The Osprey circled and then started its descent, only yards away. Bullets spattered against her massive metal frame, and in response, the doorgunner sent a never-ending volley back toward the shooters, bracing on a ridge overlooking the street. The hum of the bullets droned in Jack’s ears, like a mosquito buzzing too close, above the heavy whomp of the rotors, spinning too slowly in his mind. Like some terrible drum beat, the musical accompaniment to a the heart-rending scene of the movie. The sounds filled him, slithered through his veins all the way to his heart, where the thrumming tried to split apart the muscles and fibers, tried to dislodge the blood and spill it down his insides.
“Go, now, now!” Scott, shouting for the crew to cover Jack. Preparing for his evac. Always a helicopter, always pulling him away.
It was all so unreal, so suddenly. This wasn’t right. This was a dream. A terrible dream. He’d wake up in a moment and grab Ethan and hold him tight. Ethan would wash his nightmare away with his hands, and then with his lips, and everything would be back to the way it was supposed to be. Not this. Not this terrible thing.
Ethan, again. Leaning in. Brushing against Jack, his warm weight pressed against his side. Jack’s knees ground into the asphalt, twisting in his own blood, and streaks of pain shot up through his thighs, grounding him.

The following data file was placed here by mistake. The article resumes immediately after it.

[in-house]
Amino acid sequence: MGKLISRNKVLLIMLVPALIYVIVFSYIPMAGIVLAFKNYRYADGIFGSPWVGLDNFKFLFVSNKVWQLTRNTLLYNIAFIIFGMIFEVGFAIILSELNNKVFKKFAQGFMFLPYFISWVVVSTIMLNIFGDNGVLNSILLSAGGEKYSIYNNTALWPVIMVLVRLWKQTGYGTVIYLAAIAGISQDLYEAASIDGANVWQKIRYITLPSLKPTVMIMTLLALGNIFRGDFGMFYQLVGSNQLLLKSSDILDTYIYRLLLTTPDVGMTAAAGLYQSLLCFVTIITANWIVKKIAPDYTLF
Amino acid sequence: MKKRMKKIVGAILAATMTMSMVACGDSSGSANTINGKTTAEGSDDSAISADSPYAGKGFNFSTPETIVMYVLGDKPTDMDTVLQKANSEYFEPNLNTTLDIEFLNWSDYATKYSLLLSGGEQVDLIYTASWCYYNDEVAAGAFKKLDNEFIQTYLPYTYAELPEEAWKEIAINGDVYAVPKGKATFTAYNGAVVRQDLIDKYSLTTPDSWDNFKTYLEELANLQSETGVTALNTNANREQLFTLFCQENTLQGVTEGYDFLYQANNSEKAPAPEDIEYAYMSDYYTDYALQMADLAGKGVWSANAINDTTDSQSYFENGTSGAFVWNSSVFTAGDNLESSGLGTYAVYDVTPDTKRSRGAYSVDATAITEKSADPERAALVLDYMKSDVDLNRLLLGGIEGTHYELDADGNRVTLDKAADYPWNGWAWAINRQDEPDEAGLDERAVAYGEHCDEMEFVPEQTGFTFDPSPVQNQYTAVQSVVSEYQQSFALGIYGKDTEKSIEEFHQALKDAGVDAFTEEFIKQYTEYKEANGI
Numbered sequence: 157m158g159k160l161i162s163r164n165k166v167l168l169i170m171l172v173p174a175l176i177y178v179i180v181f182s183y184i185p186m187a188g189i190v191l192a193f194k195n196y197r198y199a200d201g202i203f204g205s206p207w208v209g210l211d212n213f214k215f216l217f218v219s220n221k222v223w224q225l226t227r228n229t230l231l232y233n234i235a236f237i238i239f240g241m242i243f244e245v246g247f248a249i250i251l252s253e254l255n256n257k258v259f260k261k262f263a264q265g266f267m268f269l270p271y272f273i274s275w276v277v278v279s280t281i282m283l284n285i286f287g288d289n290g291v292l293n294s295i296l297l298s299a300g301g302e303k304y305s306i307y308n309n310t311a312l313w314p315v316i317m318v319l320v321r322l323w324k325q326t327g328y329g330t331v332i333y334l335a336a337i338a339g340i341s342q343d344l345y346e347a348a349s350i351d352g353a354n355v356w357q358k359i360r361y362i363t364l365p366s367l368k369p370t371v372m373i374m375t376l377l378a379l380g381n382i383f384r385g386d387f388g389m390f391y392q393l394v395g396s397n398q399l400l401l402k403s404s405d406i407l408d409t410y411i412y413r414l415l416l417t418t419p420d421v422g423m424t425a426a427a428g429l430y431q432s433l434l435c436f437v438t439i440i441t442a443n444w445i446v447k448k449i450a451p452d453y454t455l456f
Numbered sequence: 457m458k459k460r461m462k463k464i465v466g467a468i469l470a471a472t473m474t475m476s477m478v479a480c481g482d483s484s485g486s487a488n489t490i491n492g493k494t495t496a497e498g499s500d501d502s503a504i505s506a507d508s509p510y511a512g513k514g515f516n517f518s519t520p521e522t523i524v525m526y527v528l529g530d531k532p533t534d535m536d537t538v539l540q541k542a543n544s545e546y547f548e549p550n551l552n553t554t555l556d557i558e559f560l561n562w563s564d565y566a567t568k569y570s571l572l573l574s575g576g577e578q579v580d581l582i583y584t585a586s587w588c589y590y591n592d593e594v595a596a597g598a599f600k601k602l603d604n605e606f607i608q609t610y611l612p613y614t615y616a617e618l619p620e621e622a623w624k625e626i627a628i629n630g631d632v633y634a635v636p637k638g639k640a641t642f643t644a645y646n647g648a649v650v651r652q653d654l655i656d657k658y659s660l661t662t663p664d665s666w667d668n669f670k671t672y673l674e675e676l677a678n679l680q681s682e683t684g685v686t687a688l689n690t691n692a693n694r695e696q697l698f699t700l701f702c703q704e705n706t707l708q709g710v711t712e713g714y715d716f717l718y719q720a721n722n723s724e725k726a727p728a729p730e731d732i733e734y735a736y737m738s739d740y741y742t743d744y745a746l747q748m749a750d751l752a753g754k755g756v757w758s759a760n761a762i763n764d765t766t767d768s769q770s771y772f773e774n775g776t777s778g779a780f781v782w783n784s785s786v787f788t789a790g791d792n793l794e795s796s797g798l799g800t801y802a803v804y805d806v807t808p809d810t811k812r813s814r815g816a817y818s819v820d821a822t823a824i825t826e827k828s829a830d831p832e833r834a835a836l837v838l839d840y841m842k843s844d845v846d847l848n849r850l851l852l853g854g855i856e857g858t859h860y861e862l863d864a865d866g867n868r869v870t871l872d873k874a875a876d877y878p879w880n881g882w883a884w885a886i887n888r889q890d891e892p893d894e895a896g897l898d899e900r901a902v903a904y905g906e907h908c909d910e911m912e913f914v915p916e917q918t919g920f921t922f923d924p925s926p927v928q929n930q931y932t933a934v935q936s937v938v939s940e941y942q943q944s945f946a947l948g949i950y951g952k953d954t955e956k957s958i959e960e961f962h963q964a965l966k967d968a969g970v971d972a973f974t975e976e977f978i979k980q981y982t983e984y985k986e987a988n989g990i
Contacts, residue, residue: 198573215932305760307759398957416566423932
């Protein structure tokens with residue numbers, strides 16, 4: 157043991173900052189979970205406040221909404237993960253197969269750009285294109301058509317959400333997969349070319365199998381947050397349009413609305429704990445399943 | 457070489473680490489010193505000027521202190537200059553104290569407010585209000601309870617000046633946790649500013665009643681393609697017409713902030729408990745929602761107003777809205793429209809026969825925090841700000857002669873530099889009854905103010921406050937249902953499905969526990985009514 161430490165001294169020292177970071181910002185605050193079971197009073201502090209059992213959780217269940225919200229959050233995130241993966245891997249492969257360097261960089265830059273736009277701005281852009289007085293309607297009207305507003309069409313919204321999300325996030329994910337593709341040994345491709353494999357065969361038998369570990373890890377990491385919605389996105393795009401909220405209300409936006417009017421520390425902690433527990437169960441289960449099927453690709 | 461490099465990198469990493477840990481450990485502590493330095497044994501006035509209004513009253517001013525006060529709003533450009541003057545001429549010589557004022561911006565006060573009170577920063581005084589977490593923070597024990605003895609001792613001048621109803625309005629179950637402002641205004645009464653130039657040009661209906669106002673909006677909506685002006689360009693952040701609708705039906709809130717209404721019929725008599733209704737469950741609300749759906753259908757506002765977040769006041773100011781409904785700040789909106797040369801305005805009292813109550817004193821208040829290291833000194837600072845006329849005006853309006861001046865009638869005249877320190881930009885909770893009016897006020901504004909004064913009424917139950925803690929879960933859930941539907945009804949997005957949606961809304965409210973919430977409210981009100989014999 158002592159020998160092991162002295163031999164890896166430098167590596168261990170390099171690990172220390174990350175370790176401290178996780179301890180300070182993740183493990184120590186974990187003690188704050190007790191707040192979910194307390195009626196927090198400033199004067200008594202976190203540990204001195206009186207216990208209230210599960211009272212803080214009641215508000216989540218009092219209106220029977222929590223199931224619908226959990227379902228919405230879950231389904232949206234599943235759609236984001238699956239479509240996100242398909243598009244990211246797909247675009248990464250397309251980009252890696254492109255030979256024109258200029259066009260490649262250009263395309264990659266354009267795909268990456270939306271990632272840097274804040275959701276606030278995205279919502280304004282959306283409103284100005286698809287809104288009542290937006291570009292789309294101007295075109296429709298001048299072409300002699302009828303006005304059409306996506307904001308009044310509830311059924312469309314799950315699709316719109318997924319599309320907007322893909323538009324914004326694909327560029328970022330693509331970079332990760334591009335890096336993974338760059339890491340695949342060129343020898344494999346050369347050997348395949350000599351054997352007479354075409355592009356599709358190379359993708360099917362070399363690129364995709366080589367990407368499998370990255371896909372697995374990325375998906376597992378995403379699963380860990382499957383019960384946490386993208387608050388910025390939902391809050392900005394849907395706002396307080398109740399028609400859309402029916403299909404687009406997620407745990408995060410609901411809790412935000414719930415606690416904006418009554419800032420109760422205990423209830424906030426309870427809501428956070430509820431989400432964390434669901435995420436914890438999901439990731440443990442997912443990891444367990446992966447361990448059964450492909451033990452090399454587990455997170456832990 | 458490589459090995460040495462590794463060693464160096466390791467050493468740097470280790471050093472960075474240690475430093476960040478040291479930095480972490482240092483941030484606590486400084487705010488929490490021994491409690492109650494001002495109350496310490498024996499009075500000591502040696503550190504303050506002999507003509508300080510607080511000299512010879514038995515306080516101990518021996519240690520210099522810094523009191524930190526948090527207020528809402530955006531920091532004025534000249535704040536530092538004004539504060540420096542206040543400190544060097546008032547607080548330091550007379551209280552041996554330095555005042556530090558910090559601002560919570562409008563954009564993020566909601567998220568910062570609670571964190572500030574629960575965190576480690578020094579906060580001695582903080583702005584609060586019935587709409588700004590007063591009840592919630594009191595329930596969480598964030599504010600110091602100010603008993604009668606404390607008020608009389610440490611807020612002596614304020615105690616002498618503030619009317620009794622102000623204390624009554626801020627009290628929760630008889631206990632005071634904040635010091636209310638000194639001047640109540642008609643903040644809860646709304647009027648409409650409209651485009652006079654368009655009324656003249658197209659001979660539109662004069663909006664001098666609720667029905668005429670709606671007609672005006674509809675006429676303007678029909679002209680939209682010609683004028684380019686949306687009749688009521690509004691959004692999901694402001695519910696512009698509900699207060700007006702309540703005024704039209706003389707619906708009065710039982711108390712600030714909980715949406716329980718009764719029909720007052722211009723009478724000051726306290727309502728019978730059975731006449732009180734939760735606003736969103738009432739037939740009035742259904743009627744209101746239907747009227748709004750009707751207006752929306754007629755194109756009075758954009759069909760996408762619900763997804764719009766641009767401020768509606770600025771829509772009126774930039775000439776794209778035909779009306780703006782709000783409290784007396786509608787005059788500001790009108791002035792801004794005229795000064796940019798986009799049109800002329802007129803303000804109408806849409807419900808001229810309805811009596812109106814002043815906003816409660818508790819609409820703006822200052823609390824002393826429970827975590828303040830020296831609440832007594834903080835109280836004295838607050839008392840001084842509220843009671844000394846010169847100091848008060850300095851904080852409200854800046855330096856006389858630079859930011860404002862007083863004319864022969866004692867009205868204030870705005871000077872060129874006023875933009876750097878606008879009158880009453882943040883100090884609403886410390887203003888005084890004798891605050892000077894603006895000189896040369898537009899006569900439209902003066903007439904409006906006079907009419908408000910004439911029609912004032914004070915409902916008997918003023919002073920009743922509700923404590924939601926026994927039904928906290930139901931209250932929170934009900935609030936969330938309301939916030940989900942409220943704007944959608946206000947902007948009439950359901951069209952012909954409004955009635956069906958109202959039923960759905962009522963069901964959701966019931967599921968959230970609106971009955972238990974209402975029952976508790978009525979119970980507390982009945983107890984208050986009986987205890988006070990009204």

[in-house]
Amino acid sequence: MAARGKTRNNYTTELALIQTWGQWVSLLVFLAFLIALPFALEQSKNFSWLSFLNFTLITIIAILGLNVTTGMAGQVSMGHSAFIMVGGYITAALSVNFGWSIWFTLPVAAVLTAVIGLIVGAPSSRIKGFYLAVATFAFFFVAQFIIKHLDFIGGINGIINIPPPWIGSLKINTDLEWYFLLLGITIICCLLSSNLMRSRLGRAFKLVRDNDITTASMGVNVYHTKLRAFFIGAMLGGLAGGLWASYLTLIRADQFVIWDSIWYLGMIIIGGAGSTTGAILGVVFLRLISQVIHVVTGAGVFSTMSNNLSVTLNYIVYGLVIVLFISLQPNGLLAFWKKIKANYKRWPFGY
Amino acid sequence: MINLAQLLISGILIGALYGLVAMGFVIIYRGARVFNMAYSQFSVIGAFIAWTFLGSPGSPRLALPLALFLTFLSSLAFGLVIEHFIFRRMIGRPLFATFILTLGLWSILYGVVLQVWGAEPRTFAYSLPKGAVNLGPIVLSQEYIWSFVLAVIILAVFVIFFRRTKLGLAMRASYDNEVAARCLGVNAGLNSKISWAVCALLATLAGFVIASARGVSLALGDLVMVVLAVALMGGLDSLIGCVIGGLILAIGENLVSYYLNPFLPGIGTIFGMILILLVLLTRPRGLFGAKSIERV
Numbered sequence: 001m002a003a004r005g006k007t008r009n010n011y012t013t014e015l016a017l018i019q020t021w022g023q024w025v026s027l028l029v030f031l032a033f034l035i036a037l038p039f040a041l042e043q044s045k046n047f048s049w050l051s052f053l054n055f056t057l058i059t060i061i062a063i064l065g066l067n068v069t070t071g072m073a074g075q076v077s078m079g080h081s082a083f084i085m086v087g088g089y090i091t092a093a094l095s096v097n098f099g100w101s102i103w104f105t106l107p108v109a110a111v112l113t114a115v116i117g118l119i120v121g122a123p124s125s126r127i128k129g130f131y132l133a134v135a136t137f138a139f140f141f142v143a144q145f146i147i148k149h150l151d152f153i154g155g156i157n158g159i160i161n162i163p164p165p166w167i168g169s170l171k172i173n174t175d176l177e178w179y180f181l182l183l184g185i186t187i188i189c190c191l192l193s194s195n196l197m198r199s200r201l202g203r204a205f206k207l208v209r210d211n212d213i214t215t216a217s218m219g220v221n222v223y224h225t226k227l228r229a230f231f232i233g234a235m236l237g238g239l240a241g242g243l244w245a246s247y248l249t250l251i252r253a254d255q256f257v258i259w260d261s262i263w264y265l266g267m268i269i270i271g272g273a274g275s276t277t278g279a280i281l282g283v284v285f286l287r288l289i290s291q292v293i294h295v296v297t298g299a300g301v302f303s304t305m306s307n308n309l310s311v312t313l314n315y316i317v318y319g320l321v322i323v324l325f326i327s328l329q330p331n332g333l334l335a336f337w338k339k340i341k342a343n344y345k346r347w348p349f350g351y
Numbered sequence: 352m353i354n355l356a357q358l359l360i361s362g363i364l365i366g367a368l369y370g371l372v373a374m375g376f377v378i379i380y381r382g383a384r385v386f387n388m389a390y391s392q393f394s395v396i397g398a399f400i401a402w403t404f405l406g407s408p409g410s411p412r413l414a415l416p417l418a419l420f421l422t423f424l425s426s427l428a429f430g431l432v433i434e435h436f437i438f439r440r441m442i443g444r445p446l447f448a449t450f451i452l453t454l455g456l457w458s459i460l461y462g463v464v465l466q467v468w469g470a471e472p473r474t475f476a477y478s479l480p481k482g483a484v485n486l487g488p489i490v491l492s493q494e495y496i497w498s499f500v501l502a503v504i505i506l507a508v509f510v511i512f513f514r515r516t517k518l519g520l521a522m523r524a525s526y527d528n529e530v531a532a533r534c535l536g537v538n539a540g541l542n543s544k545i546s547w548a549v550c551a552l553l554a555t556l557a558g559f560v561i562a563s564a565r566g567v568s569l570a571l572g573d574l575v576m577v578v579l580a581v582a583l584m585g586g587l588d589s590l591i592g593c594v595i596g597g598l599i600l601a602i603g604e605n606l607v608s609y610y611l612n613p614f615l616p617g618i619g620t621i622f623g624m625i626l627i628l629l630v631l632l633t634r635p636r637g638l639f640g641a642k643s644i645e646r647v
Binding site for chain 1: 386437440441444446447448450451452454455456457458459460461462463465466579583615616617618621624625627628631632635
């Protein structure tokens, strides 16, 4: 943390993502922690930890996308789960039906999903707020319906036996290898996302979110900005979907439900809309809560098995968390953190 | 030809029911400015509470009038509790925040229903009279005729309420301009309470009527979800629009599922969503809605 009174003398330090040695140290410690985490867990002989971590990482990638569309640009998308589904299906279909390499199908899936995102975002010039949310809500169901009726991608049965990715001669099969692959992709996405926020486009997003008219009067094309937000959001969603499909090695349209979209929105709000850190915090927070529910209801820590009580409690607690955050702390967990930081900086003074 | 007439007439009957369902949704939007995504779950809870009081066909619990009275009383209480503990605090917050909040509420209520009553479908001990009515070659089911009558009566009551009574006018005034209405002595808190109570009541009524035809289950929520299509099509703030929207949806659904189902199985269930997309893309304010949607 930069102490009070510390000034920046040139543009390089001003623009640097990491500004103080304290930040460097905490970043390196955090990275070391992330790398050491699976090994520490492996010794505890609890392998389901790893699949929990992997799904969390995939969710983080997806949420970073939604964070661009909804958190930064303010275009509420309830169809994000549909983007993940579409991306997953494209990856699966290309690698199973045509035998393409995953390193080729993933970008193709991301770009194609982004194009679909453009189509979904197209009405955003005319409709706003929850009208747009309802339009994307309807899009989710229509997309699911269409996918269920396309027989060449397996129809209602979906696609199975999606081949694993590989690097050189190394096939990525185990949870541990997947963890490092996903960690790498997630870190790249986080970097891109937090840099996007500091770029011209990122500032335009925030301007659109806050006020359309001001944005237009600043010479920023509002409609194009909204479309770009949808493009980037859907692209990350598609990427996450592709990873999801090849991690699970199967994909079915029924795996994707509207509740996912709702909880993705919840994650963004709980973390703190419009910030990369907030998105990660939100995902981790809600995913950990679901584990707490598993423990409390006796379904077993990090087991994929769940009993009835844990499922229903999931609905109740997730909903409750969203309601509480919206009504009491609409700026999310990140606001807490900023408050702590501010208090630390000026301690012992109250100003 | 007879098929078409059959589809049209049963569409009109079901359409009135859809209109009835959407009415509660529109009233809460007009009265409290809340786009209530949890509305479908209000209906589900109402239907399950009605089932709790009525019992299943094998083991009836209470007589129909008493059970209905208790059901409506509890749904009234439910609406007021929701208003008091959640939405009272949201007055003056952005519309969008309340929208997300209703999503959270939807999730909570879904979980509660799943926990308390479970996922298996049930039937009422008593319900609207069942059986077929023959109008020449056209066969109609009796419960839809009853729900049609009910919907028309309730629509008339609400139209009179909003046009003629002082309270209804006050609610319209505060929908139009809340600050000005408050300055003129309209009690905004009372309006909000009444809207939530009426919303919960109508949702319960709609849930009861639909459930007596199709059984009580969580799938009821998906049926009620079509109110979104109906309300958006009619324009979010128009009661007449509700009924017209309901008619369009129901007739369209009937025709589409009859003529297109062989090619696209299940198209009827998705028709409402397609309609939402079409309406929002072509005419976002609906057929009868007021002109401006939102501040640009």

Not a dream. Not a nightmare. He couldn’t wake, not from this.
Ethan’s hands reached for Leslie.
“I’ve got her!” he snapped, almost manic. “I’ve fucking got her!” Ethan couldn’t touch Leslie. They shouldn’t be together, shouldn’t even be near. Could the universe survive the meeting of the two, or would some cosmic hole open up, a rend in the universe that would swallow Jack whole? The mobius strip of his life would come undone, torn down the center of his soul.
Ethan stared at him, his jaw hanging open.
Don’t look. God, don’t look.
He gathered her close, her painfully light frame nearly weightless in his arms. Scott came alongside him, wrapping one hand around Jack’s waist, and hauled him to the Osprey. As they ran, her hands clenched around his arms, her thin fingers digging into the soaked fabric of his torn shirt. Her face turned into his chest, burying in the valley between his pecs.
His stomach twisted, and then twisted gain. That spot wasn’t hers. It wasn’t her place any longer. His body had been given to Ethan, had become a temple for Ethan’s worship, and it was Ethan’s place to nuzzle at the side of his pec, press his lips to Jack’s skin and breath out, making Jack shiver. It wasn’t right, having another in the places that were Ethan’s.
But before his body was Ethan’s, it had been Leslie’s.
The Osprey saved his sanity, and his heart, from going any further. He set her on the flight deck, passing her to the hands of the flight medic. Her eyes went wide – another pair of unknown hands grabbing at her body – and she reached back for him, terror blazing through her.
This close, the roar of the rotors was too loud for any words to be spoken. He did what he could. Brushed her hair, flapping in the wash of the Osprey, off her face and behind her ears. Smiled at her. Squeezed her hands, like he did on their wedding day, a promise in every inch of his skin.